La terra de Hochelaga nella Nova Francia

Dublin Core


La terra de Hochelaga nella Nova Francia


Montréal (Québec)


Ramusio’s La terra de Hochelaga nella Nova Francia depicts the Iroquois village of Hochelaga supposedly discovered by Jaques Cartier on his second journey to what is now Quebec. It is the first cartographic source to use the name “Mont Real” (Montreal). Ramusio drew the village based on descriptions from Cartier’s writings, however, many historians are sceptical of Cartier’s claims. No concrete archeological evidence has ever been found of Hochelaga, and the precise geometry of the village conflicts with historical evidence from other Amerindian settlements of the time.
This is the third and final edition of the map. There is very apparent wood worm damage at the top left corner, (blank oblong areas), which is not surprising considering that the wood block plates had been stored for forty years at the time of the final printing. This edition of the map was reprinted from a plate created in 1565 rather than the initial plate carved in 1556. Subtle changes such as the opaqueness of the smoke at the bottom centre of the map, and the altered shape of certain trees provide evidence that a new plate had been created. From the second edition to the third, the only intentional alterations are a renumbering of the pages from 446/447 to 380.2/380.3.


Ramusio, Giovanni Battista, 1485-1557


Unknown - Venice, Italy




Hailey Slaviero


Creative Commons Attribution-NonCommercial 2.5 License


Full-sized digital item can be found in McMaster's Digital Archive at:


Map ; 27 x 36 cm, on sheet 32 x 42 cm.








North America--Canada--Québec--Montréal

Still Image Item Type Metadata

Original Format

Cartographic Map

Physical Dimensions

27 x 36 cm, on sheet 32 x 42 cm

Contributor's Research

During Jaques Cartier’s second expedition of what is now Quebec in 1535, he claims to have encountered a Iroquois village some 8km inland from his ship’s docking point. He described a village of approximately 50 houses, arranged in a circular pattern around a central open space. Ramusio’s map labelled this area a “Piazza”, an element common to European Renaissance architecture, though not representative of other Iroquoian villages at the time. The symmetrical layout of the houses and the descriptions of the houses provided by Cartier also seems reflect European bias. Cartier described the houses as being 3.5-4.5 meters in width and 15 meters in length with a single fireplace in the central room of the home. This is in stark contrast to the actual Iroquoian longhouses established throughout the 12th to 18th centuries, which were consistently 8meters wide and up to 94 meters in length. The longhouses were also notable for having multiple hearths down the length of the central corridor. Single-family homes, such as those described by Cartier did not appear until the 18th century and were likely a result of European influence.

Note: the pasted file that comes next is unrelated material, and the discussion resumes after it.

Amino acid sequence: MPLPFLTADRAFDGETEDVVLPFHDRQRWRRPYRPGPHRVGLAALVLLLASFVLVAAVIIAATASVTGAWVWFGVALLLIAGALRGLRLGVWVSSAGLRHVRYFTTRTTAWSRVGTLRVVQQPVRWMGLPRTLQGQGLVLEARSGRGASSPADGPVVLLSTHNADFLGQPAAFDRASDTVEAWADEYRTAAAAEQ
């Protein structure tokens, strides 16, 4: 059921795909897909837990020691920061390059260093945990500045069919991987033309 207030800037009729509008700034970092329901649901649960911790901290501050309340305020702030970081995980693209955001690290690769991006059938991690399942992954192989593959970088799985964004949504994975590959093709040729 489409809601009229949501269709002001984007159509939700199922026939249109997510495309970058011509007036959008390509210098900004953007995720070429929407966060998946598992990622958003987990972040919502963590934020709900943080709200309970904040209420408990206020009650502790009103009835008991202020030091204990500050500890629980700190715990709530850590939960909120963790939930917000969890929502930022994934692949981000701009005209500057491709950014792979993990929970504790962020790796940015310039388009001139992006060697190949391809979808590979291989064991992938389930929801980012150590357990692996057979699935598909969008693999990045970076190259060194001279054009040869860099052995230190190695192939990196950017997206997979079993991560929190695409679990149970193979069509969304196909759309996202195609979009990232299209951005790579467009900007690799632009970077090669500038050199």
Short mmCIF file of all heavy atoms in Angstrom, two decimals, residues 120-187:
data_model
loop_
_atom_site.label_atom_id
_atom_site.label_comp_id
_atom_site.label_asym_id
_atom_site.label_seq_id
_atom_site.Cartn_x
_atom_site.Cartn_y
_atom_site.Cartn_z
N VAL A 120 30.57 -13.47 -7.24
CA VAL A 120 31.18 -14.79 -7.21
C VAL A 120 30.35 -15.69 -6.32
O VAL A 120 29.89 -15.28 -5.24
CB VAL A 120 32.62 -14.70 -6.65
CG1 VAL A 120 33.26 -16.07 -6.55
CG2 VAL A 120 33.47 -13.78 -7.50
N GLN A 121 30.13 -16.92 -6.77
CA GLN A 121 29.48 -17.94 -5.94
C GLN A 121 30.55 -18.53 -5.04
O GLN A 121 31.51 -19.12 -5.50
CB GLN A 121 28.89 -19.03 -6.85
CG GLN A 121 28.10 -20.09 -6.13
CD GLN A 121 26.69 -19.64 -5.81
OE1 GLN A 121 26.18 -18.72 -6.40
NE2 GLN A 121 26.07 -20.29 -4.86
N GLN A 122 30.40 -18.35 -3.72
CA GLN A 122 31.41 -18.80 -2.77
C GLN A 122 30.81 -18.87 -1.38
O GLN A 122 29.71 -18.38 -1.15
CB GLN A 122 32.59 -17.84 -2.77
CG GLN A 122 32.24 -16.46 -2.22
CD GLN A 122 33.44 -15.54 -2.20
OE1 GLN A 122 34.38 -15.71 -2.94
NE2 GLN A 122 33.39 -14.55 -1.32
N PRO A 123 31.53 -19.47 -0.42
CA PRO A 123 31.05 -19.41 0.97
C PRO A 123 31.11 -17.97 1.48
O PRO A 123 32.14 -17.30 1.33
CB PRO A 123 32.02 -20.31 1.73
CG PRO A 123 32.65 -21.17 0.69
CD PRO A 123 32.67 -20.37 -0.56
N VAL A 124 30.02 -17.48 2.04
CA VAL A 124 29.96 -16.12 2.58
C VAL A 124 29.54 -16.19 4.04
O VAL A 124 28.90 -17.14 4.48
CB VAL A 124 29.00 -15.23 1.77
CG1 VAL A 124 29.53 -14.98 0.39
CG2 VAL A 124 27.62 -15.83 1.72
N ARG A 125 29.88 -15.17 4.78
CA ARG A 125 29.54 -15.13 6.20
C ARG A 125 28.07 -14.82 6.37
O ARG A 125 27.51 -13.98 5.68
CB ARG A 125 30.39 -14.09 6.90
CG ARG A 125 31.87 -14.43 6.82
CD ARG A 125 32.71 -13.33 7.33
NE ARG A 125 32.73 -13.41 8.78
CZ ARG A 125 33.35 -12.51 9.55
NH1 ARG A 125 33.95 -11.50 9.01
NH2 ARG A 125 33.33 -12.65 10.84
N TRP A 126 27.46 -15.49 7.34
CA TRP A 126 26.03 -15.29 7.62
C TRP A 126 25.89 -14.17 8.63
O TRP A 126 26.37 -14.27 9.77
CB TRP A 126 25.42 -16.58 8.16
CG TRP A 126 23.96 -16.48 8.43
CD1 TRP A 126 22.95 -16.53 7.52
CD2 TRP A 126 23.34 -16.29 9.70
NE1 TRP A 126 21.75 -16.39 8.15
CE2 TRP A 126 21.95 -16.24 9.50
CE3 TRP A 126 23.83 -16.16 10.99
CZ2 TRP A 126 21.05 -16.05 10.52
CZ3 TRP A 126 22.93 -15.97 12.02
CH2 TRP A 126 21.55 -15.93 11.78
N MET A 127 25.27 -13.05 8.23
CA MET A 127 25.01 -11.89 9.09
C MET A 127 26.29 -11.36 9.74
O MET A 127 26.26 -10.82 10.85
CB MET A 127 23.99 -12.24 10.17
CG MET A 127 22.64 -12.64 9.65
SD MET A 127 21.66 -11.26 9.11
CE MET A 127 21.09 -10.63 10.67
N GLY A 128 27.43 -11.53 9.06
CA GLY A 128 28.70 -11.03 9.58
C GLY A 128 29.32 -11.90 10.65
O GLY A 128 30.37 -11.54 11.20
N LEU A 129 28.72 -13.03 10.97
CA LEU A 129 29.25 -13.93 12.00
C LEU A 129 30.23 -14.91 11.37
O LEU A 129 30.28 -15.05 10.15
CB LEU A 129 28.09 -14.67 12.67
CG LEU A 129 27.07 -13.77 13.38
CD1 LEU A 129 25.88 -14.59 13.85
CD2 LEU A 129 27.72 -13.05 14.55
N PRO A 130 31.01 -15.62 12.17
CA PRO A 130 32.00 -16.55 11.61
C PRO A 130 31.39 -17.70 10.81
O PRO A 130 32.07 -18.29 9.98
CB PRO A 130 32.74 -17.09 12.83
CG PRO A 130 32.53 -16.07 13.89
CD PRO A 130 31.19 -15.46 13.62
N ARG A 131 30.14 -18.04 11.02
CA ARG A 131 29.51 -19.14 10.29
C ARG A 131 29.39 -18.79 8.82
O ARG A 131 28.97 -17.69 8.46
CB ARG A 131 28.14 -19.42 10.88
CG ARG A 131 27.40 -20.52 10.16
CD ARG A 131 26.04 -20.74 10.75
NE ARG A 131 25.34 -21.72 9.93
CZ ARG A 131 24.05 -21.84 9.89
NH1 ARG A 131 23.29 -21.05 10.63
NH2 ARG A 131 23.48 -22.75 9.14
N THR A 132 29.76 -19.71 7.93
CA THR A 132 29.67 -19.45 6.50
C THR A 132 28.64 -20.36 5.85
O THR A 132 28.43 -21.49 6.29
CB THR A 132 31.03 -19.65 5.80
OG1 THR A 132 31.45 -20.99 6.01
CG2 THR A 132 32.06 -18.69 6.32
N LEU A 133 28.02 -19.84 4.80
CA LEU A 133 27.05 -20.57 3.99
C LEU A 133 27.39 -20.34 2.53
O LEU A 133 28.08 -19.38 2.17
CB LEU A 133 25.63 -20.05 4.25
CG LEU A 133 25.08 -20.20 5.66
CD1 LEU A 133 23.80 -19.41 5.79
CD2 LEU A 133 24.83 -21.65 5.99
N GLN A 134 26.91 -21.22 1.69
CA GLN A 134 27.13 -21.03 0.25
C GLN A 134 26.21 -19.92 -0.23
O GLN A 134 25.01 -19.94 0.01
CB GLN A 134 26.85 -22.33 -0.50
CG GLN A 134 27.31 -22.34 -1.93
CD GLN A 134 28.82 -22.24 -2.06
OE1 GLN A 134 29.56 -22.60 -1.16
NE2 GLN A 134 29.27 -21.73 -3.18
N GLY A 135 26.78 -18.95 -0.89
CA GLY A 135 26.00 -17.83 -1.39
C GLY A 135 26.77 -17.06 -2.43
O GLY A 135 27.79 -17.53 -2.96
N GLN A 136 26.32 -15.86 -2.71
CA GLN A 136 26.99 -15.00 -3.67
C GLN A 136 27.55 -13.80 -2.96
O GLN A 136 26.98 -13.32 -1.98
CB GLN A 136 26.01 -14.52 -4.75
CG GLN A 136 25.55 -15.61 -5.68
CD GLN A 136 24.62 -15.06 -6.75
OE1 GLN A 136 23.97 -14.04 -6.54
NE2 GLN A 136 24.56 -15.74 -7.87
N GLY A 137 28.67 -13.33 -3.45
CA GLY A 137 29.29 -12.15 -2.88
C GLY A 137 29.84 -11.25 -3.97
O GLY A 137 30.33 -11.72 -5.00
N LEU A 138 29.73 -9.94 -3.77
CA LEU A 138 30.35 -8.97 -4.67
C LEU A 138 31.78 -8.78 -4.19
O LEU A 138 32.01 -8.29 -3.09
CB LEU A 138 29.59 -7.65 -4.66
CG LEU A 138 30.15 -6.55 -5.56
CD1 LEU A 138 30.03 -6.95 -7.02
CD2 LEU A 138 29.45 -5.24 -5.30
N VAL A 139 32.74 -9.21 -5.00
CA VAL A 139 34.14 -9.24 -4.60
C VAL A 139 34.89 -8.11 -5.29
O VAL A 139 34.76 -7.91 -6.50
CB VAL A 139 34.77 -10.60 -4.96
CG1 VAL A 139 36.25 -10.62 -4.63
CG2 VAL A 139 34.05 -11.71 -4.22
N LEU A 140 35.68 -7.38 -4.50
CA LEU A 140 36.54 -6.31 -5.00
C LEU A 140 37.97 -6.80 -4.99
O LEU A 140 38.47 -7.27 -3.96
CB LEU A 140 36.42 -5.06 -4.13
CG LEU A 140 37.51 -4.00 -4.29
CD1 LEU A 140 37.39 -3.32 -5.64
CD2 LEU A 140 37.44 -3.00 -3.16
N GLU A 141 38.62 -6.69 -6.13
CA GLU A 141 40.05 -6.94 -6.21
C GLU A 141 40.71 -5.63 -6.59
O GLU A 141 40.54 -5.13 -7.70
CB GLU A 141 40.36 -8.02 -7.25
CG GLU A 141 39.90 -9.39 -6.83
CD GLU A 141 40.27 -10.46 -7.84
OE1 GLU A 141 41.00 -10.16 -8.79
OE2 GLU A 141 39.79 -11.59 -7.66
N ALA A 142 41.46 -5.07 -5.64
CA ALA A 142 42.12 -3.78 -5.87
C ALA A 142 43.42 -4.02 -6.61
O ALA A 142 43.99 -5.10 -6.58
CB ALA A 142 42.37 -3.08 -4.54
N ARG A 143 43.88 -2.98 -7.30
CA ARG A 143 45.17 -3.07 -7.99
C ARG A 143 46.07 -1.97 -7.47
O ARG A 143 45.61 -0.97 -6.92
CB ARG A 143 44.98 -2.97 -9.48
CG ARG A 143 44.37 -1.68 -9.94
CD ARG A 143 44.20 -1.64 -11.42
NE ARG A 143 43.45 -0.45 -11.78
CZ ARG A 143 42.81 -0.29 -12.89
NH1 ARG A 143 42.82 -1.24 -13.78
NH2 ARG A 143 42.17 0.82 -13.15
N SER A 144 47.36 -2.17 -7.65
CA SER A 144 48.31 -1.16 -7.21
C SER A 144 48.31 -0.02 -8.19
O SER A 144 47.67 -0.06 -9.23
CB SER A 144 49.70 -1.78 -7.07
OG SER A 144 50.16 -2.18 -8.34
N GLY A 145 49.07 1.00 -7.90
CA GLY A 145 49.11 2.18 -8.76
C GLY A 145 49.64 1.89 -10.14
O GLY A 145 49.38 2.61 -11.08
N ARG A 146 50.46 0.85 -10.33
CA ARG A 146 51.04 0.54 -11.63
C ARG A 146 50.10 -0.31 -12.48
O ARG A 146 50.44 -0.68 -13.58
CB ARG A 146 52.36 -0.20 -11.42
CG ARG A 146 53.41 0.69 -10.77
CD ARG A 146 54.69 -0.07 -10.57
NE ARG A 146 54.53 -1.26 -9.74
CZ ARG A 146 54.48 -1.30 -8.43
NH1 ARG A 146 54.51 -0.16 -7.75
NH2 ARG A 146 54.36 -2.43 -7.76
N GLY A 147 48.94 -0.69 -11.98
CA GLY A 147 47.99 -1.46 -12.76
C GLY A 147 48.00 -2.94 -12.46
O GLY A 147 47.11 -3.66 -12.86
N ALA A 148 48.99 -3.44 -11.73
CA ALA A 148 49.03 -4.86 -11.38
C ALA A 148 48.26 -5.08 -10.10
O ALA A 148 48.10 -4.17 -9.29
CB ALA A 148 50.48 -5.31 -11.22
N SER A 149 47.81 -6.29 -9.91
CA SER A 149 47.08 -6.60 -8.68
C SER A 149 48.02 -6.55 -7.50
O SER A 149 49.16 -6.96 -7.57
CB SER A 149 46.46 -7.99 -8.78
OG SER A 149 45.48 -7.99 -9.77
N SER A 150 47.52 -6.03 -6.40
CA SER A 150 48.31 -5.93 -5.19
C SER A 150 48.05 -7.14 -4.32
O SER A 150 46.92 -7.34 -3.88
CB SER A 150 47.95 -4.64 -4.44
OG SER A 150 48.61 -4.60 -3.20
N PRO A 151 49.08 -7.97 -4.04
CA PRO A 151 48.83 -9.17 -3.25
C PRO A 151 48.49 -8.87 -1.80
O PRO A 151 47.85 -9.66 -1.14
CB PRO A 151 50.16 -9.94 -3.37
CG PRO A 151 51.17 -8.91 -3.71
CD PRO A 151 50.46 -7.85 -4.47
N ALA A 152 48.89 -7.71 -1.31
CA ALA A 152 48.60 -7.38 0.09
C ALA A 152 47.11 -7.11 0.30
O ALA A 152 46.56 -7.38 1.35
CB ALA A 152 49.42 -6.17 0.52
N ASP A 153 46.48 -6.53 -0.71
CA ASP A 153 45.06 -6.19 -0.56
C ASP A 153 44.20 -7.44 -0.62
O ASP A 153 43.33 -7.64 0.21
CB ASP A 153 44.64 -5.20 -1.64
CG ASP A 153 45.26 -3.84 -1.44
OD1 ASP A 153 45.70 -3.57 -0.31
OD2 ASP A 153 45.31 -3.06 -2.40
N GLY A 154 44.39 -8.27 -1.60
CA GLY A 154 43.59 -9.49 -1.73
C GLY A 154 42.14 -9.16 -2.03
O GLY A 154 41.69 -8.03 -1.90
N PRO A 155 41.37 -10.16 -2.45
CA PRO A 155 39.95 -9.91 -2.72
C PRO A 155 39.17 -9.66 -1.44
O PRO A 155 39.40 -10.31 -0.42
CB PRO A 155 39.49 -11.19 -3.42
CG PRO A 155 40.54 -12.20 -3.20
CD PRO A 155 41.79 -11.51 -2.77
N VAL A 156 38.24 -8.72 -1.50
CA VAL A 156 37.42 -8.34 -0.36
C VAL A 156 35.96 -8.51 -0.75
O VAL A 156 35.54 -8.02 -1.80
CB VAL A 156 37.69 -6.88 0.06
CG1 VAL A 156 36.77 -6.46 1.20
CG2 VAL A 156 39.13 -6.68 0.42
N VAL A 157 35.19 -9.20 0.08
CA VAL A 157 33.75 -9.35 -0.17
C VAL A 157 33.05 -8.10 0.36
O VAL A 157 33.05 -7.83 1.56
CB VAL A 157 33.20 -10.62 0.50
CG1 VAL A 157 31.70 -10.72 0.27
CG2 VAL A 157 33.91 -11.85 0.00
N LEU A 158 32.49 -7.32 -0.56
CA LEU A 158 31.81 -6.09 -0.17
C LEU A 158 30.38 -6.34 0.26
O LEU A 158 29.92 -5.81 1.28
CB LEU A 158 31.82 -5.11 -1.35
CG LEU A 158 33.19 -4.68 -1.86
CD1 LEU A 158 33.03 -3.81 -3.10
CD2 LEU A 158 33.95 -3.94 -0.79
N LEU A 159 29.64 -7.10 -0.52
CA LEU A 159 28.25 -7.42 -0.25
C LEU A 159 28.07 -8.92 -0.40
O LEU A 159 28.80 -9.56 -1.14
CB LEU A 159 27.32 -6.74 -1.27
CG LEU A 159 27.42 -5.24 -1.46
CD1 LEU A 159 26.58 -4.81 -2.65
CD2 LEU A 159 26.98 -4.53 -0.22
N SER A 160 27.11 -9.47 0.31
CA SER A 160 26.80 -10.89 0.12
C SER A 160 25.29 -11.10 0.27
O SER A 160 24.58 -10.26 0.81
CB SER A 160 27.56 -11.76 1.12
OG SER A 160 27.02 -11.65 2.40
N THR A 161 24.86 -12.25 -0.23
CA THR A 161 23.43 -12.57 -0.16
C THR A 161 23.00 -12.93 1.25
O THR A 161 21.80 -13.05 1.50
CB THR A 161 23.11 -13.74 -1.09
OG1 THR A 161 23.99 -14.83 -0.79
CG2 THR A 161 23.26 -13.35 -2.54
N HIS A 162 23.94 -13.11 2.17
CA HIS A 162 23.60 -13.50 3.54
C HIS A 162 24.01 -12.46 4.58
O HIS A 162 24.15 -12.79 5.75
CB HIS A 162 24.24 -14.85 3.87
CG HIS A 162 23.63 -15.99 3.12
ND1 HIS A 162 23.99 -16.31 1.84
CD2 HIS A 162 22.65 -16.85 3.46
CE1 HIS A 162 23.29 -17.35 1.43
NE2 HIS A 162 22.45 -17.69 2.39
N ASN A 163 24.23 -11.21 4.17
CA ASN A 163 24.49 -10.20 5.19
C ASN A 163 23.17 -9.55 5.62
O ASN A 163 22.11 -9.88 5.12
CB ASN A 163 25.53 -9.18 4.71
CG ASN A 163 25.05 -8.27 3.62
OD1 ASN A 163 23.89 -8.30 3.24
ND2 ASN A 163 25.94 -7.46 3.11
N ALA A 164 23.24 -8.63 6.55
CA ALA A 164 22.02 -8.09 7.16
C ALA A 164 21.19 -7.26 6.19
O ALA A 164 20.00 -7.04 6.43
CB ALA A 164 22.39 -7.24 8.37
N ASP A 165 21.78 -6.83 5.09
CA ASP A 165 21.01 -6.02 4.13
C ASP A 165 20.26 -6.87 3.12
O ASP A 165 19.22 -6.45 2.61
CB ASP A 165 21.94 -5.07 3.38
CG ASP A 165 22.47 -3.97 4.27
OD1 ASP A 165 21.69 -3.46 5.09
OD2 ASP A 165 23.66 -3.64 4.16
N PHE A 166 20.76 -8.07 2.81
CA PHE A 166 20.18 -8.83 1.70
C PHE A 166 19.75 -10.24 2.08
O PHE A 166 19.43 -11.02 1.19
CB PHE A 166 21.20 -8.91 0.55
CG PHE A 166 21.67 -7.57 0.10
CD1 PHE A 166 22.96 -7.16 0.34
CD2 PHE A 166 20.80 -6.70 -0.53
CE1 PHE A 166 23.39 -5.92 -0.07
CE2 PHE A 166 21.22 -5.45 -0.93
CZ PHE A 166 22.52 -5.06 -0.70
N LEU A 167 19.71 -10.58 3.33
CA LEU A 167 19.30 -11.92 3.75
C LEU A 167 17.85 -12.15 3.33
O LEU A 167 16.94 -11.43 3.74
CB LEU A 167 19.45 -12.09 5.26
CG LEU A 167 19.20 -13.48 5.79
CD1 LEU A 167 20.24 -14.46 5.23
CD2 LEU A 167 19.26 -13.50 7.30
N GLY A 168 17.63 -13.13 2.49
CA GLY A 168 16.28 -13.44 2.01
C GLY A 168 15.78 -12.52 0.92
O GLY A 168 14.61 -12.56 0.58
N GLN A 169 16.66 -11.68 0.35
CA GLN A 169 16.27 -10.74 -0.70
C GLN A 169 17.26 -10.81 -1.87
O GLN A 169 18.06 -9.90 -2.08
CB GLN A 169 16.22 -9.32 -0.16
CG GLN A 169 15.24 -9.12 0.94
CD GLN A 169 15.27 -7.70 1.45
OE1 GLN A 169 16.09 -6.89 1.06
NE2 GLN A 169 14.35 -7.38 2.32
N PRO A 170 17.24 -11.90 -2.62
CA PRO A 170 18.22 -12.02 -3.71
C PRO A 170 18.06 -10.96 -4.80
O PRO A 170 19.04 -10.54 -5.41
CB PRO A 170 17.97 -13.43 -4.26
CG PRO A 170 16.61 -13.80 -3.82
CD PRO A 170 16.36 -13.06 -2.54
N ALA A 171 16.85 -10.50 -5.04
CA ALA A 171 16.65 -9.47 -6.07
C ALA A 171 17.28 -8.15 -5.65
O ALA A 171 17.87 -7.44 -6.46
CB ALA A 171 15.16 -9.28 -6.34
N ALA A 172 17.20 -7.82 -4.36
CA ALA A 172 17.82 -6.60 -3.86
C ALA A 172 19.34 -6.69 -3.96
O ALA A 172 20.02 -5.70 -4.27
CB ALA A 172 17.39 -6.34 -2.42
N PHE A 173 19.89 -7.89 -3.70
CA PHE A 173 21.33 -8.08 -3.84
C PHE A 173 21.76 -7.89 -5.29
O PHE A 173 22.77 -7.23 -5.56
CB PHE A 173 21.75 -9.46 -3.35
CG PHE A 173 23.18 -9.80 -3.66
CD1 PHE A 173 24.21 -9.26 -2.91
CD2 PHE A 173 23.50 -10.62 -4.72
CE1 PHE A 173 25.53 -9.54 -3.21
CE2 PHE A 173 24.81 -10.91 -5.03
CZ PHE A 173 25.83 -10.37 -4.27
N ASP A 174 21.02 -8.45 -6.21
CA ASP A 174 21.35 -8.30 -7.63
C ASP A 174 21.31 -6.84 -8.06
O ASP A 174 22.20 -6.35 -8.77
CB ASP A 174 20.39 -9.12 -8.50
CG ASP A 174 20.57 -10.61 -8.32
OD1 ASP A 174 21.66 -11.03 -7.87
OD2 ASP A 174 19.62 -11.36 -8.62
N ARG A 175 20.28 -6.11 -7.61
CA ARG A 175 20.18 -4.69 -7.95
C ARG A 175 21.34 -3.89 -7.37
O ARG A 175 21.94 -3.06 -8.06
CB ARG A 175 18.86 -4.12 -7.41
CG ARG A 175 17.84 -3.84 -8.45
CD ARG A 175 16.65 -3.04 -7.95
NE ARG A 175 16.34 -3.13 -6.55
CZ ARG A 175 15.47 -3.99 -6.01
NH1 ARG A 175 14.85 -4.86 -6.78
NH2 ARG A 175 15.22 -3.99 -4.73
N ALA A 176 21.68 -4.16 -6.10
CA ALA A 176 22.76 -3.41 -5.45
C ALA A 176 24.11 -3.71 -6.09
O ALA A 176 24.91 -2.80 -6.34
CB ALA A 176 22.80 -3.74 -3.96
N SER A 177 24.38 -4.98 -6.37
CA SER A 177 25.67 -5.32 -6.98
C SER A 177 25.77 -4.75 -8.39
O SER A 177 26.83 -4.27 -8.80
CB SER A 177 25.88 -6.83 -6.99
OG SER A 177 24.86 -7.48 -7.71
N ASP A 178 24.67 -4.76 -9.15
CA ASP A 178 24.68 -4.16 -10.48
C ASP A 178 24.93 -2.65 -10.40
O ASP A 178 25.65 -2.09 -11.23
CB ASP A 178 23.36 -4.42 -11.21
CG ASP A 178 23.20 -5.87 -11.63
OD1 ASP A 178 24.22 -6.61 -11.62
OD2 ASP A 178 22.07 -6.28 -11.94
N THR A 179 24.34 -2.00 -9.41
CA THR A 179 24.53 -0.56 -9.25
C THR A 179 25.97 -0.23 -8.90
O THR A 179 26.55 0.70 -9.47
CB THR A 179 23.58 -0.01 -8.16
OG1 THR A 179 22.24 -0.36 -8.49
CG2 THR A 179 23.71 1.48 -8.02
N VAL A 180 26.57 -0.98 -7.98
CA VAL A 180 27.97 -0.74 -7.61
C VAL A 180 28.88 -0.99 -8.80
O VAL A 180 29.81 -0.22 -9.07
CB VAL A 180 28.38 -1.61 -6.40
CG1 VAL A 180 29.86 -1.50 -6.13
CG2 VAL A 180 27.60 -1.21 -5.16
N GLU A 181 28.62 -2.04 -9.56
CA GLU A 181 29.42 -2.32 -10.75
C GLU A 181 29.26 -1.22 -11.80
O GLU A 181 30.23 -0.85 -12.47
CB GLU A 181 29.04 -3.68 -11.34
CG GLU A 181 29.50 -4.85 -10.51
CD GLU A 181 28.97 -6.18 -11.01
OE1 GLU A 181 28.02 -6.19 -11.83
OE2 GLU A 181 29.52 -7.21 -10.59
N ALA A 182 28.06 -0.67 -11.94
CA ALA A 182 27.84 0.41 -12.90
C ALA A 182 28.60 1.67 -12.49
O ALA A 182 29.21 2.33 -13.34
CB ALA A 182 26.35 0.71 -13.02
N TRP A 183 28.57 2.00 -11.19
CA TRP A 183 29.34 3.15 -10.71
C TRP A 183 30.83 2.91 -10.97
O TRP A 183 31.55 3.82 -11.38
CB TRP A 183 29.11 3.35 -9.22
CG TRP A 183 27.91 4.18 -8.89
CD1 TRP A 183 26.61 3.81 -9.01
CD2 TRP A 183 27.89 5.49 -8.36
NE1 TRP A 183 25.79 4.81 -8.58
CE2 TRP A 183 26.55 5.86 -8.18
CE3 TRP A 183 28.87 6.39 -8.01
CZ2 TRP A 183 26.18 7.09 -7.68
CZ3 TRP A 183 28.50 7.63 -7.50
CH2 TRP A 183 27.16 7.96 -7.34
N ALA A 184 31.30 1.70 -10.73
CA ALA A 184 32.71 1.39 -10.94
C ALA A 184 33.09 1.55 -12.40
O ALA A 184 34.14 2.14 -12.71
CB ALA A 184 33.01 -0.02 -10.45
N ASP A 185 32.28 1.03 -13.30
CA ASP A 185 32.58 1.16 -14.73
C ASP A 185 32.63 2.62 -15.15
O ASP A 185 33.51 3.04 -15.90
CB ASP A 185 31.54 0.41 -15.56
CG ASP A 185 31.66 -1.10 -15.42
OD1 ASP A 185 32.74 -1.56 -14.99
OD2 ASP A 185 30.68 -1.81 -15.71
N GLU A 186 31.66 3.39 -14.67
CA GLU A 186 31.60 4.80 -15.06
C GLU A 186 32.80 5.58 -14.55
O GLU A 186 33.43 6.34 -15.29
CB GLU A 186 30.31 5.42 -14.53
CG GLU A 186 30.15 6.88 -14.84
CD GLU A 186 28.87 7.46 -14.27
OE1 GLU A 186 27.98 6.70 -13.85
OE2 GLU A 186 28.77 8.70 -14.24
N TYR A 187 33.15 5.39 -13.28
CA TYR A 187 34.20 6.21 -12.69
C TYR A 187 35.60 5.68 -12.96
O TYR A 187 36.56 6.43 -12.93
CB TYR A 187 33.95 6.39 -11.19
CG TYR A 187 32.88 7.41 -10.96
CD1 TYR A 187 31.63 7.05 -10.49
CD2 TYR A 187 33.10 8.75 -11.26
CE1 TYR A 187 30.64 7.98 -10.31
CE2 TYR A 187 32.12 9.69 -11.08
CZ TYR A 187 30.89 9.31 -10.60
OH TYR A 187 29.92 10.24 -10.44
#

Perhaps, as a commercial sailor, Cartier altered ethnographic details so that they would be more in line with the normative European culture of his financial sponsors. It might have been easier to write about the village in a way that European audiences would identify. If one is inclined toward scepticism however, one might question whether Cartier encountered a native settlement at all on this particular voyage, or if he merely crafted a tale to bring back with him to Europe so that his journey would seem fruitful. This might explain why Cartier’s description of the village is much more in line with urban planning of the European Renaissance, than evidence from all other Iroquois settlements.
Another peculiarity that suggests Hochelaga was merely a myth is that it never again appeared after 1535. When Cartier made his third expedition in 1541, he referred to a village named Tutonaguy which was located in a similar region to where Cartier had placed Hochelaga, but was not described with the same unique spatial layout. When Samuel de Champlain explored the region in 1603, he looked for Cartier’s Hochelaga yet noted that the village had mysteriously vanished without any trace. Surely all archeological evidence of such a settlement would not disappear within 60 years, there would at least be some traces of the village left.